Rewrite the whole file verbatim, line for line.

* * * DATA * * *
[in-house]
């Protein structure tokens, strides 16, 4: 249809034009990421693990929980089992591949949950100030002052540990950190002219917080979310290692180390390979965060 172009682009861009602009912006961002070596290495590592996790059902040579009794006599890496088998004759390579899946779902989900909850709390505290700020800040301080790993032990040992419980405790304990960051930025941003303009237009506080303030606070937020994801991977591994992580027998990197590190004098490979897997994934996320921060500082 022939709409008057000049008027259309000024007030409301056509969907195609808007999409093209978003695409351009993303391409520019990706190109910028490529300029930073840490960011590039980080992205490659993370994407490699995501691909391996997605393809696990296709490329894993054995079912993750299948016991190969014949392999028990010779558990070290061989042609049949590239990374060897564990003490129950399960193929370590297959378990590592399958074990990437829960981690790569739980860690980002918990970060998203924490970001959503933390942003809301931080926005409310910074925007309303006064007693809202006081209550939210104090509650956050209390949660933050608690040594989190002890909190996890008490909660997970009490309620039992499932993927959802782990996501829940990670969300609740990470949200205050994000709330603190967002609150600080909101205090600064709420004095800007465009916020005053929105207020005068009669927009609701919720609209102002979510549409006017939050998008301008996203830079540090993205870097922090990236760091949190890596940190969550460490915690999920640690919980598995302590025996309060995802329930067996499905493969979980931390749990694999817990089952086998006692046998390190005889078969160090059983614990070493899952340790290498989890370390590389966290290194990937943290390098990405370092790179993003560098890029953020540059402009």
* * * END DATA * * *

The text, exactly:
[in-house]
């Protein structure tokens, strides 16, 4: 249809034009990421693990929980089992591949949950100030002052540990950190002219917080979310290692180390390979965060 172009682009861009602009912006961002070596290495590592996790059902040579009794006599890496088998004759390579899946779902989900909850709390505290700020800040301080790993032990040992419980405790304990960051930025941003303009237009506080303030606070937020994801991977591994992580027998990197590190004098490979897997994934996320921060500082 022939709409008057000049008027259309000024007030409301056509969907195609808007999409093209978003695409351009993303391409520019990706190109910028490529300029930073840490960011590039980080992205490659993370994407490699995501691909391996997605393809696990296709490329894993054995079912993750299948016991190969014949392999028990010779558990070290061989042609049949590239990374060897564990003490129950399960193929370590297959378990590592399958074990990437829960981690790569739980860690980002918990970060998203924490970001959503933390942003809301931080926005409310910074925007309303006064007693809202006081209550939210104090509650956050209390949660933050608690040594989190002890909190996890008490909660997970009490309620039992499932993927959802782990996501829940990670969300609740990470949200205050994000709330603190967002609150600080909101205090600064709420004095800007465009916020005053929105207020005068009669927009609701919720609209102002979510549409006017939050998008301008996203830079540090993205870097922090990236760091949190890596940190969550460490915690999920640690919980598995302590025996309060995802329930067996499905493969979980931390749990694999817990089952086998006692046998390190005889078969160090059983614990070493899952340790290498989890370390590389966290290194990937943290390098990405370092790179993003560098890029953020540059402009």